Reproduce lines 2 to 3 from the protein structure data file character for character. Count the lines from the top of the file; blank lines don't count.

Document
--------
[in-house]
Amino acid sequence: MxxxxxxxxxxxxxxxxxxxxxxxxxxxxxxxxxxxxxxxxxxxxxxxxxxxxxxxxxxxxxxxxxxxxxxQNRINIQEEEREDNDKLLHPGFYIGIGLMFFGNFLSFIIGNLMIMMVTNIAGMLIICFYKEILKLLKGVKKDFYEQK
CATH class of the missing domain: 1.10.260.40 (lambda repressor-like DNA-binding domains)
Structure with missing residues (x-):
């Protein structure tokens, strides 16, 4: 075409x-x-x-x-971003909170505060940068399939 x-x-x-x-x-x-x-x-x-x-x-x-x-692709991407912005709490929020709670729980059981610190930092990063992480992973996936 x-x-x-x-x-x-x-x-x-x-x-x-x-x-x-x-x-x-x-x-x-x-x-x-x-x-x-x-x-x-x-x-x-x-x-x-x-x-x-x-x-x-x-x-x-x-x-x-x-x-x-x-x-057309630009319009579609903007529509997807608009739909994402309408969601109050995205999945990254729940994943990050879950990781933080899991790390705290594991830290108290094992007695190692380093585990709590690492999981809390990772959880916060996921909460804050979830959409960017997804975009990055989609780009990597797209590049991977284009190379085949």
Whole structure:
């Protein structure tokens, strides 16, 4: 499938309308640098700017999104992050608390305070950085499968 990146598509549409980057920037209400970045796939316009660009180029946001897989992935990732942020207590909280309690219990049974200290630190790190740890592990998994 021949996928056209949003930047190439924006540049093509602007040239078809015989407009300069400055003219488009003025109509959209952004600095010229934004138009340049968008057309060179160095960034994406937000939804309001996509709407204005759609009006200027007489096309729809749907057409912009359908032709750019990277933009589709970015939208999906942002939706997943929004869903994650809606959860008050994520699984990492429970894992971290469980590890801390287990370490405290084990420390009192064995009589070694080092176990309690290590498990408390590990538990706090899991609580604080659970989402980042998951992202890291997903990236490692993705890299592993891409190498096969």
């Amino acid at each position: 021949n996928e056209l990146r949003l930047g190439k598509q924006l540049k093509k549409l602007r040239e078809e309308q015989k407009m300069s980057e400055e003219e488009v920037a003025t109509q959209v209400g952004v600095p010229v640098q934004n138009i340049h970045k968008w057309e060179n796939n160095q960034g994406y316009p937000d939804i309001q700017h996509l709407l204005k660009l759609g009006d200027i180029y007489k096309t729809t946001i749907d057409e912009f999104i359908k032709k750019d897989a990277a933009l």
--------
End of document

Amino acid sequence: MxxxxxxxxxxxxxxxxxxxxxxxxxxxxxxxxxxxxxxxxxxxxxxxxxxxxxxxxxxxxxxxxxxxxxxQNRINIQEEEREDNDKLLHPGFYIGIGLMFFGNFLSFIIGNLMIMMVTNIAGMLIICFYKEILKLLKGVKKDFYEQK
CATH class of the missing domain: 1.10.260.40 (lambda repressor-like DNA-binding domains)